Find all your DIY electronics in the MakerShed. 3D Printing, Kits, Arduino, Raspberry Pi, Books & more!

schoolbus+makey

For five years now I’ve been taking a busload of students from my high school (Analy in Sebastopol, Calif.) to Maker Faire in San Mateo each spring. We go on Saturday so students don’t miss any school. Over the years I’ve learned a few things about how to make the trip go smoothly, and thought I would share these lessons with you.

Approval: First things first, get the field trip approved properly by your administration. Our district requires several weeks’ notice for a field trip like this. Talk with your site administration to figure out what is required.

Buses: I recommend getting the school bus reserved months ahead of time. We go in a large yellow school bus that officially seats 56 people. I allocate space for 45 students and five staff chaperones (leaving six empty seats as a buffer). I talk with fellow teachers and line up chaperones months ahead of time. Sometimes a teacher wants to bring a friend or their kids, and that’s why my extra six seats are up front.

Funding: We fully fund the trip using a portion of our school’s GATE money (Gifted and Talented Education). This means all our expenses (primarily the bus and the entrance tickets) are fully covered by our school. There is no cost to our students.

Tickets: You can get discount tickets if you buy in advance for a large group. Go to Maker Faire’s ticket site to find details. Often school groups get an even better deal; check makerfaire.com/education.

Letter to Parents: I write a cover letter explaining that the trip is free, that sign-ups are first-come-first-served, that we meet at school at 7:30am, then go down on a bus, and that once at Maker Faire, the kids are on their own. (See editor’s note, below.) That’s right: we let the students explore Maker Faire completely on their own; I make sure they enter the fairgrounds with the group, but then we disperse. I also explain that there is no cost to attend, but that walking shoes, sunscreen, and money for food and refreshments are good ideas. Finally the letter explains that we will be back to our school by 6:30pm. (Our school is nearly two hours away from San Mateo.)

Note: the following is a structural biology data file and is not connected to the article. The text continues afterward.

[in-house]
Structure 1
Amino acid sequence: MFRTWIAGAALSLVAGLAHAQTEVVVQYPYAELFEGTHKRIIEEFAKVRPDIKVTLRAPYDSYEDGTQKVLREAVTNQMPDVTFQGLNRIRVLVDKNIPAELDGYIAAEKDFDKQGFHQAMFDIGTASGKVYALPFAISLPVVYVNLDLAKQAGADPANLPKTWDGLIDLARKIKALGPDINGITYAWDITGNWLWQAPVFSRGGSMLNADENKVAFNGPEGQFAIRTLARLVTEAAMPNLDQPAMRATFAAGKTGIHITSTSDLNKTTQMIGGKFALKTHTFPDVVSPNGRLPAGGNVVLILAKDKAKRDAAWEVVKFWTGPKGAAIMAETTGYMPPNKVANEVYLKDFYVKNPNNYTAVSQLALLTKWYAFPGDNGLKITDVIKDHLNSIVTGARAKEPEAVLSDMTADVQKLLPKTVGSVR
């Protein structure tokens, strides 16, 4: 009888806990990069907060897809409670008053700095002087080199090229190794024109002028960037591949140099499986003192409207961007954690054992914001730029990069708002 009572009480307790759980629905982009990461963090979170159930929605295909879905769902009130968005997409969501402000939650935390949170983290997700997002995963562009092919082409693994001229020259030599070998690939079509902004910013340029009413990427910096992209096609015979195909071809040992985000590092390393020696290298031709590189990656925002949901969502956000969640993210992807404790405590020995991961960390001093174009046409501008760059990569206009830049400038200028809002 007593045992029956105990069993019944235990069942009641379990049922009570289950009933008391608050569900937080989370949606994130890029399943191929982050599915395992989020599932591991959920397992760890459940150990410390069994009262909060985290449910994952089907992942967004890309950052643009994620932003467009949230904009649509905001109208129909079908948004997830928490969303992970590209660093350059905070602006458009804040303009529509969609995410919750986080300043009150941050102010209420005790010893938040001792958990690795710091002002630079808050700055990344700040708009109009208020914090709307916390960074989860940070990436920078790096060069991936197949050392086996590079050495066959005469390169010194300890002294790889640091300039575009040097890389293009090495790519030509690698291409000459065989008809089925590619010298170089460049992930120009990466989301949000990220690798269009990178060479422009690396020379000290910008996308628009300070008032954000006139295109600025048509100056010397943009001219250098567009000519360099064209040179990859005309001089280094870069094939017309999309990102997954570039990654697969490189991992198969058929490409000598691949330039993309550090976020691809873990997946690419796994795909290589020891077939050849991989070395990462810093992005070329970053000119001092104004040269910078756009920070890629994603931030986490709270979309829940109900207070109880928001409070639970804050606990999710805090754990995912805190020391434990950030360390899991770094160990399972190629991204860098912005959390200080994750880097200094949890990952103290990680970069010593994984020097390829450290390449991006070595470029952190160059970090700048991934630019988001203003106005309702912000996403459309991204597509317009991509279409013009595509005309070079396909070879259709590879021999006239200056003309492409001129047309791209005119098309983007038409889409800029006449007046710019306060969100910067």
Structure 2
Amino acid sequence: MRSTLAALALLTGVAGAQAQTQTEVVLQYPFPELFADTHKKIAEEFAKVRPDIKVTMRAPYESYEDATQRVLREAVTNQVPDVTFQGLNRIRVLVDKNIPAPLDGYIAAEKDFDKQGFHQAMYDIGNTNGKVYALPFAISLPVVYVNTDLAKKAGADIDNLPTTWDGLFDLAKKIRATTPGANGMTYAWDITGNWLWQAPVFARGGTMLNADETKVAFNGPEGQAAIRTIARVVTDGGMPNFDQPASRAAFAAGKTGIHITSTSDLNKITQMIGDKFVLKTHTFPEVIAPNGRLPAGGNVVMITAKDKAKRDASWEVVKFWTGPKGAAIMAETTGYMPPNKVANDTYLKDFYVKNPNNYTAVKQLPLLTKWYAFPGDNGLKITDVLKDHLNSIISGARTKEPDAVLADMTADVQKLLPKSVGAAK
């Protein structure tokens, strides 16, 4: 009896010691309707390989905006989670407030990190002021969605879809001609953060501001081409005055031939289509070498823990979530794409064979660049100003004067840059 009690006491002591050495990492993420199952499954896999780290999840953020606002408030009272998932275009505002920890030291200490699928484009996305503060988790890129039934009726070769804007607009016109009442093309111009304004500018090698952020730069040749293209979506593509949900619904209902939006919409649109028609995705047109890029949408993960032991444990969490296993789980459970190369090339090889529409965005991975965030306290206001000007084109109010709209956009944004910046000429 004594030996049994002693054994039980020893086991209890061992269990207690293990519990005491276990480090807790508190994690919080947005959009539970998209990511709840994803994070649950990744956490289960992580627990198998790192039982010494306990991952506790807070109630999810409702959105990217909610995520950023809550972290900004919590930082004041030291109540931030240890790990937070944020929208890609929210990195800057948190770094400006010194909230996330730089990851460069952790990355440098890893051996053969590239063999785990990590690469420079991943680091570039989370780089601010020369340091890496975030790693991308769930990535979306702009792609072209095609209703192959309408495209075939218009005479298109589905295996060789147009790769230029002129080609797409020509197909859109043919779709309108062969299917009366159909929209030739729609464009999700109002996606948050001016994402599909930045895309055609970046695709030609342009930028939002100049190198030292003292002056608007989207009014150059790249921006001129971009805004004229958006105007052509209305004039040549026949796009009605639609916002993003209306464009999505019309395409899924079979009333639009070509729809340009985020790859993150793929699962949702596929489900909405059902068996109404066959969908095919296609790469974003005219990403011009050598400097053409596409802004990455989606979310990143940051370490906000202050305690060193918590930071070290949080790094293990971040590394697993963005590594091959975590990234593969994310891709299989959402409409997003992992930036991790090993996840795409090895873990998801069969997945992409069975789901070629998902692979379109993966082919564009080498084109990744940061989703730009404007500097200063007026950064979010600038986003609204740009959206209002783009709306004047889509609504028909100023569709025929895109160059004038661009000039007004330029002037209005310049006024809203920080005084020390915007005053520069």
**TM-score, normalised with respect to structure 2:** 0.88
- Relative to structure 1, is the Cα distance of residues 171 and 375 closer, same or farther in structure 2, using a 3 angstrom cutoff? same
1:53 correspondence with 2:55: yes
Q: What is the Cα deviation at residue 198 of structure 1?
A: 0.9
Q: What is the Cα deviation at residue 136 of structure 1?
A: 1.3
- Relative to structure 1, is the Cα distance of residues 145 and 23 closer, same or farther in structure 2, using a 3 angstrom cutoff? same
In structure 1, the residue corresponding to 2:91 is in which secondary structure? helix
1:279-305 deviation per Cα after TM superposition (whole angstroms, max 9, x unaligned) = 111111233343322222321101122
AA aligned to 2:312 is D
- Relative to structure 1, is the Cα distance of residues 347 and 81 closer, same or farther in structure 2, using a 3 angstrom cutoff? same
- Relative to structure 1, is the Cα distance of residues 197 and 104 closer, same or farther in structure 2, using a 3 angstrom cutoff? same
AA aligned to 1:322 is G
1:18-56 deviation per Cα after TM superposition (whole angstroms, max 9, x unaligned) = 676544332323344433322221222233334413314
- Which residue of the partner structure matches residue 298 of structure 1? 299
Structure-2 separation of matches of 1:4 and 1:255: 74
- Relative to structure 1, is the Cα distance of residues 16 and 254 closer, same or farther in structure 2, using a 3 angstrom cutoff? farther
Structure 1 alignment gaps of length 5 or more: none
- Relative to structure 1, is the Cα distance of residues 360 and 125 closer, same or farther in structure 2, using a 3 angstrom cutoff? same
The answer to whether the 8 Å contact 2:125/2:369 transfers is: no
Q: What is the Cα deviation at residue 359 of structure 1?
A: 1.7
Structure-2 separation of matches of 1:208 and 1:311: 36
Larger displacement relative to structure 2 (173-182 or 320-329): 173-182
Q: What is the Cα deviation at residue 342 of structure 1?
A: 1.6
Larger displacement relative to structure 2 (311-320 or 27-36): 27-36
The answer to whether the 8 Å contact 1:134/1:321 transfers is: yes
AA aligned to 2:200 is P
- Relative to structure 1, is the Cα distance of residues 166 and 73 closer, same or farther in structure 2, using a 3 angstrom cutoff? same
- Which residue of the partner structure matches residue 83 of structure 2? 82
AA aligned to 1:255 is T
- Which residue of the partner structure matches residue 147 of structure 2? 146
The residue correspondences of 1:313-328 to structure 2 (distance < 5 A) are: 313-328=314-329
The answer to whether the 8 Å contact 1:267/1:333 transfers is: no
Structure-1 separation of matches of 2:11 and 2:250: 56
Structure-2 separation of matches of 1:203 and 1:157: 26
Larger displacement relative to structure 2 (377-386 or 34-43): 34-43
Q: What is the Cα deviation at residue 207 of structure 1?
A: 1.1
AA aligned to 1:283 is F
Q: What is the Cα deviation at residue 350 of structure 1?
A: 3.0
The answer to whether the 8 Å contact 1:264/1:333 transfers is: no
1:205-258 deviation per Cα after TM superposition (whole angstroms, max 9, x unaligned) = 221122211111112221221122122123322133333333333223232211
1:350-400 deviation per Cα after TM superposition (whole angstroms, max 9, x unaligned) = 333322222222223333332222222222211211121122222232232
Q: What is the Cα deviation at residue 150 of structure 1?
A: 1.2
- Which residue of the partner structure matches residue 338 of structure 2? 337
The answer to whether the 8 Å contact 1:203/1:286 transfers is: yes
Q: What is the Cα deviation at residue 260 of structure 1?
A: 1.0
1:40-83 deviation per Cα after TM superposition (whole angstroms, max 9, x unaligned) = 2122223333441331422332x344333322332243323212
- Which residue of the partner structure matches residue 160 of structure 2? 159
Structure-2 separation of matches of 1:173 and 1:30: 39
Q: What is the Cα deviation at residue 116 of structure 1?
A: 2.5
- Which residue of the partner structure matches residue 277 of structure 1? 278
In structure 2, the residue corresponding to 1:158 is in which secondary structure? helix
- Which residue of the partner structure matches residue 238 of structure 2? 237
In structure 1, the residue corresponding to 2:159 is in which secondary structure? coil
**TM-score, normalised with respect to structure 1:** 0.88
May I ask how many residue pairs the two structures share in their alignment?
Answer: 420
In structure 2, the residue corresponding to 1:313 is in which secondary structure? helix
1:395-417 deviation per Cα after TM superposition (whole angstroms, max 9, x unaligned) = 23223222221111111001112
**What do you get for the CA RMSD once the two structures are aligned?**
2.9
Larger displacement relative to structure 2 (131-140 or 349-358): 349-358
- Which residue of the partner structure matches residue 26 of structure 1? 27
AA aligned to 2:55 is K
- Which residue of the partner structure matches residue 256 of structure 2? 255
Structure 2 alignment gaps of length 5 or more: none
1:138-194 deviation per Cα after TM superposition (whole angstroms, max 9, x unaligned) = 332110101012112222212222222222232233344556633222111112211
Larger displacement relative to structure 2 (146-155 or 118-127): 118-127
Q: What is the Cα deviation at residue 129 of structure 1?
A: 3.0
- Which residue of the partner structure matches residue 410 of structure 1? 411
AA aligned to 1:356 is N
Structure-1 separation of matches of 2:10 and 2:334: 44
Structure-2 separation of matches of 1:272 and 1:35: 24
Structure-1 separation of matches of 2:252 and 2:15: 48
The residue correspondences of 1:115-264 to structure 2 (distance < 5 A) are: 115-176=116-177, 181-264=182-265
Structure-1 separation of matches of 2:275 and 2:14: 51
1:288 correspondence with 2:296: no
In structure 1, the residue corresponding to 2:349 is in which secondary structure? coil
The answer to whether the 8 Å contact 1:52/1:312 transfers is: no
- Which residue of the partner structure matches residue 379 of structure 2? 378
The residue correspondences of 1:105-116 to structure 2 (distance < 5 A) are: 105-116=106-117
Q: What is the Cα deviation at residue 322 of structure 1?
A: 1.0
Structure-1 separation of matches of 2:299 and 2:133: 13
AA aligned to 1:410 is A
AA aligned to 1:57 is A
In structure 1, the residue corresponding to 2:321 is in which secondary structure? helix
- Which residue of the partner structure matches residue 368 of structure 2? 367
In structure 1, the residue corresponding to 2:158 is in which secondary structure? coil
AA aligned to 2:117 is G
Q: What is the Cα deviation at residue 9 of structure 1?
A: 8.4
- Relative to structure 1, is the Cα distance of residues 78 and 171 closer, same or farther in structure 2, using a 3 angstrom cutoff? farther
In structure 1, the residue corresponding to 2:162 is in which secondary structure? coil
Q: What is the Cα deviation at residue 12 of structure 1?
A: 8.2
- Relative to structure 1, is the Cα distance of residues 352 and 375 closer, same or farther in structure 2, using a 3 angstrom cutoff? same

Editor’s note: We do not recommend letting minors roam around Maker Faire unchaperoned and by themselves. In fact, we discourage this! Please come in small groups with an adult who takes care of a few students at once.

Permission Slips & Paperwork: About five weeks before Maker Faire I send paperwork to families:

  1. The cover letter to parents, explaining what Maker Faire is about and how the field trip will work. See my example here.
  2. School field trip form with student cellphone and parent emergency contact info.
  3. Maker Faire Liability Waiver form. This one is key: once at Maker Faire, students are only able to take part in hands-on activities if they are wearing a Maker Faire waiver wristband. The normal way to get wristbands is having a parent or guardian sign the liability waiver form at Maker Faire. Since these kids won’t have their parents there, and since I am not their parent or guardian, we need parents to sign the waiver form ahead of time.  My form, with the language used onsite, is linked here.

Sign-ups: The first year I took kids to Maker Faire, several students didn’t bother to show up early Saturday morning. I had a waiting list, but by then it was too late to get kids to come take the empty seats. (As far as I could tell, some kids figured “whatever, it didn’t cost me anything, I’m going to stay home and sleep in.”) To help motivate kids for all subsequent years I require that students give me a $10 deposit when they turn in their paperwork. This holds their spot on the bus, and I give it back to them when they show up Saturday morning to go to the Faire. If you have to charge students to go on the trip, I think that would be its own incentive to show up.

MFBA14-map

Here’s what the Maker Faire map will look like. It’ll be posted on makerfaire.com soon!

At Maker Faire: Our bus drops us off near one entrance to the Faire. This isn’t where the bus gets to park; they just pull up and we get out. Before we get to Maker Faire I give all the kids my cellphone number for emergencies, I give each student their ticket, and I give each student a map of the fairgrounds with our 4pm meeting place (the East Gate, also known as Gate 7) circled. Get and print a map of the Faire the day before off the Faire website. Our bus has usually managed to park near there. I get the bus driver’s cell number before we get off in the morning to help us connect in the afternoon.

Departing: Students meet at the gathering point at 4pm. I check everyone off carefully to make sure no one is left behind. The other chaperones help me find the bus, and we walk kids over to it. I again check everyone off when we think everyone is on the bus.

Fingers crossed, we’ve done the trip five times, and the worst thing that’s happened has been a few kids showing up 10 minutes late. Each year it’s been a fantastic experience for the students and chaperones.

Editor’s Note: Our Classroom Playbook prepares teachers for their visit to Maker Faire. It includes Walt’s writeup as well as activities to do before, during, and after your visit. Plus some handouts! Get it here: Maker Faire Classroom Playbook 2014.


Related
blog comments powered by Disqus

Related Supplies at Maker Shed

Follow

Get every new post delivered to your Inbox.

Join 26,145 other followers